On reflection and if I’m deeply honest this was the first of many moments where the ingrained ideal overrode my bodily instinct. I “reached” so to speak for the picture of the mother/child bonding moment and forced myself to pretend to be at ease in this moment – “I’m sure I’ll get used to this I told myself”.

Fast track those first three to four days and I was sitting on my living room sofa with my midwife who was orientating me around a commercial grade breast pump and reading the ingredients of the various different types of formulas to me, while I tried to decide which one would be the least damaging. I never expected to have to make this decision and it felt like so much responsibility. My milk hadn’t come in, my daughter had been crying for days, she was frantic, hungry and unimpressed with the supply.

Mothering is riddled with ideals, beliefs, expectations, opinions and pressures from how long your baby sleeps, how often they feed, throw up, burp, how often they poo, how wet their nappies are, how much is correct tummy-time, when they sit up, crawl, smile, clap, when you put your child into care, bottle feed, breastfeed, getting baby into solids etc – these milestones are endless and insidious and contribute enormously to the cacophony of noise around the mother, the same noise that our veteran war stories contribute to – but why? What’s the purpose of this incessant noise – it simply drowns out the connection to stillness, the quality that otherwise allows the experience/moment to be deeply read, understood and then actioned or confirmed by the mother from her innate knowing (that lies within this place of stillness).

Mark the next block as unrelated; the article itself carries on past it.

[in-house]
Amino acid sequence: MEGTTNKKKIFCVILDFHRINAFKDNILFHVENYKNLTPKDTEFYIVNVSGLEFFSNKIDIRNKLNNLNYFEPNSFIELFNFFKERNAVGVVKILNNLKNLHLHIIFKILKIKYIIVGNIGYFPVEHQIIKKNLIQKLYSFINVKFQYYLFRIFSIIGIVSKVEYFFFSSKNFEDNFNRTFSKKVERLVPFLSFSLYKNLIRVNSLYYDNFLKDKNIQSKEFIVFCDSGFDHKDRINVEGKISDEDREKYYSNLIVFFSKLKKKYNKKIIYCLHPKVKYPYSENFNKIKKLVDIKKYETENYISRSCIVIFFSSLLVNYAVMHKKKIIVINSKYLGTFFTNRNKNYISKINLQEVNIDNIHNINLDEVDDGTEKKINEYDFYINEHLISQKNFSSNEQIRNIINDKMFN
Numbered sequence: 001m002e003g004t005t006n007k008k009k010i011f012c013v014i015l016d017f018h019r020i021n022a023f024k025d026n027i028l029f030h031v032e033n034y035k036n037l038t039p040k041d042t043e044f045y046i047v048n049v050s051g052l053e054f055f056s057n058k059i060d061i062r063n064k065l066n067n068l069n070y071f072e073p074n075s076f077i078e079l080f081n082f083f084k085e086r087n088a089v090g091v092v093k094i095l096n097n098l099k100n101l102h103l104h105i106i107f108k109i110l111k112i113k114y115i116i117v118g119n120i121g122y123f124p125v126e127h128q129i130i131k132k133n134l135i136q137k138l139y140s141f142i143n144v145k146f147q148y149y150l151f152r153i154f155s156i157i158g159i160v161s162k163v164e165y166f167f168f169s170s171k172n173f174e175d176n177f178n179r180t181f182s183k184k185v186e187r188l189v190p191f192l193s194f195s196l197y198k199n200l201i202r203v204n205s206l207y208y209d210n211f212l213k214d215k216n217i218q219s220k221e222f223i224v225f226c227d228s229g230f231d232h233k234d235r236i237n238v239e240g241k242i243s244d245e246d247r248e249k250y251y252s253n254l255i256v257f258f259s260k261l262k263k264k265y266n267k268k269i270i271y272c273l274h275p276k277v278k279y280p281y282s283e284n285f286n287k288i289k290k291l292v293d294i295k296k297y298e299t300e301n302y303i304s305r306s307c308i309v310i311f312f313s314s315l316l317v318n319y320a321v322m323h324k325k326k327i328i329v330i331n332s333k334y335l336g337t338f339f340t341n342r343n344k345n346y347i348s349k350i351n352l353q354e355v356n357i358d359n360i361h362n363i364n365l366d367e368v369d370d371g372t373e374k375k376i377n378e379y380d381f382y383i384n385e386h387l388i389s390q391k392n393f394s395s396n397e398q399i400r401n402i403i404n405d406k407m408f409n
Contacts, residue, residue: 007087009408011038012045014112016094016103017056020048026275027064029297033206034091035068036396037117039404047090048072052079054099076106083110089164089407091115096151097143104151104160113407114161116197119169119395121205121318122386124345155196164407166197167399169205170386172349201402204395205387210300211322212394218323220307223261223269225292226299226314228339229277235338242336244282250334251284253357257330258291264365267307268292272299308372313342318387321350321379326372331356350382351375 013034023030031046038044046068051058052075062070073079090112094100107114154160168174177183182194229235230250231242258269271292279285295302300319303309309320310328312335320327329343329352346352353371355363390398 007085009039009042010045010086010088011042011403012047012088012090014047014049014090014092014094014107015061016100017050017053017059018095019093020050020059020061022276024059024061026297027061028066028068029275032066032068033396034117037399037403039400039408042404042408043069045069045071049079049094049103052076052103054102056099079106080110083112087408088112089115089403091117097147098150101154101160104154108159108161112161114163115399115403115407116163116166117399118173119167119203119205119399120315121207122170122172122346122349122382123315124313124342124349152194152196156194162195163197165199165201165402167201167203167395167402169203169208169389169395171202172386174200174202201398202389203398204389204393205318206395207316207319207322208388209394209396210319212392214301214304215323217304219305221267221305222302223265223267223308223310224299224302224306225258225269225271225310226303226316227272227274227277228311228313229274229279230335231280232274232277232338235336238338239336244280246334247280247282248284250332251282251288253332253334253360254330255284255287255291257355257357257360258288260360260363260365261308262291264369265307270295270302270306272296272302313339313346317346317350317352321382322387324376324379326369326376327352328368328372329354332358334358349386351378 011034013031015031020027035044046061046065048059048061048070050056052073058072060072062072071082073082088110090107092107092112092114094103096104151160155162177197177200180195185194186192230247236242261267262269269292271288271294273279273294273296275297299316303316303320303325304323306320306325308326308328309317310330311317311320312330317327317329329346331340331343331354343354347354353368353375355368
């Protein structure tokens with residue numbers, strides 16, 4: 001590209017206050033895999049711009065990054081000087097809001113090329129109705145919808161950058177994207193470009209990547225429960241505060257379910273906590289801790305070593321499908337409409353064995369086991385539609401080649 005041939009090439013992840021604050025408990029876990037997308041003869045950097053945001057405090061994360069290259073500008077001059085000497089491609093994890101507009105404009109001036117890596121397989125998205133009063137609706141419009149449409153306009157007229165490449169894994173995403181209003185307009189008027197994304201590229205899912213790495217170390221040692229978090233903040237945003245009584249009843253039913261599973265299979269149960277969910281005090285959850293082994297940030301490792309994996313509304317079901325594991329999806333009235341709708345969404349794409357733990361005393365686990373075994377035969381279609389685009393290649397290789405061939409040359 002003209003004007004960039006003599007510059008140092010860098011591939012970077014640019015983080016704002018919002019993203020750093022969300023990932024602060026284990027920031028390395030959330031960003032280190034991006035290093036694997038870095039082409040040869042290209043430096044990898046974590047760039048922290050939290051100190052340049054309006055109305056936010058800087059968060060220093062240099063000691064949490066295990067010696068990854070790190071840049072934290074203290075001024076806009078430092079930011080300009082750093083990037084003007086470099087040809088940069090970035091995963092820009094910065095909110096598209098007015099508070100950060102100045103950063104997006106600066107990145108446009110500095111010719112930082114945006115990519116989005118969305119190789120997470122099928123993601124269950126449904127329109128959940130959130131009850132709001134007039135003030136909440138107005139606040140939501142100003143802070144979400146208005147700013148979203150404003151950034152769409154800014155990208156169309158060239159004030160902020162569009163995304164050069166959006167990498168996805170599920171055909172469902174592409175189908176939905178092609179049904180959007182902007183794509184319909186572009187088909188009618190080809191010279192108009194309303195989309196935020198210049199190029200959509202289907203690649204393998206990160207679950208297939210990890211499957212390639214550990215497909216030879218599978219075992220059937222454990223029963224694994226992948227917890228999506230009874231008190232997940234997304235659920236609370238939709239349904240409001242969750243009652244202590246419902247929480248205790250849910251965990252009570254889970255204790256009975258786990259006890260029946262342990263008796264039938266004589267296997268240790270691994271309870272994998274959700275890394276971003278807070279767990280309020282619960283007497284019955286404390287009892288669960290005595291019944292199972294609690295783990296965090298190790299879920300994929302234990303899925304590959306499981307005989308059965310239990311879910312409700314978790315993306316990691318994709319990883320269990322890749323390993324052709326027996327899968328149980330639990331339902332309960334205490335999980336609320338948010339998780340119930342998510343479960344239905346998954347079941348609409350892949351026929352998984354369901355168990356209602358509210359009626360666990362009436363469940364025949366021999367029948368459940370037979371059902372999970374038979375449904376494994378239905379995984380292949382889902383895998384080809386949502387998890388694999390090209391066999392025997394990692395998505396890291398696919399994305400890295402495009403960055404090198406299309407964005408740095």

Breastfeeding has its own can of worms when it comes to ideals and expectations on the mother and the mother/baby dyad – and I didn’t meet any of them. “Breast is best”, “the importance of the antibodies in the breast milk”, “mother/baby bonding time”, “being all over feeding times and pumping so demand can foster supply”.

It doesn’t matter what you have achieved or who you were prior to having that baby. Somehow suddenly your ability to provide flowing, limitless, nutrient-filled breast milk equates to your entire value as a woman and how much you love your baby.

I recall feeling so much shame that I had to give her powdered milk of out of a can. I had failed as a mother and as a wife – I couldn’t nourish our daughter with one of her most basic needs and what felt like what should have been one of the most natural processes. I felt angry and disappointed at my breasts and my body.

I was taken over by the ideals and beliefs about breastfeeding, losing my connection with my own innate wisdom as a sacred woman. I was put on a fairly intense program of mixed feeding my daughter whatever drops of breast milk ­(and for the first few weeks it literally was drops) I could produce. I was encouraged to feed her my pumped breast milk from a syringe because there wasn’t enough milk to have from a bottle.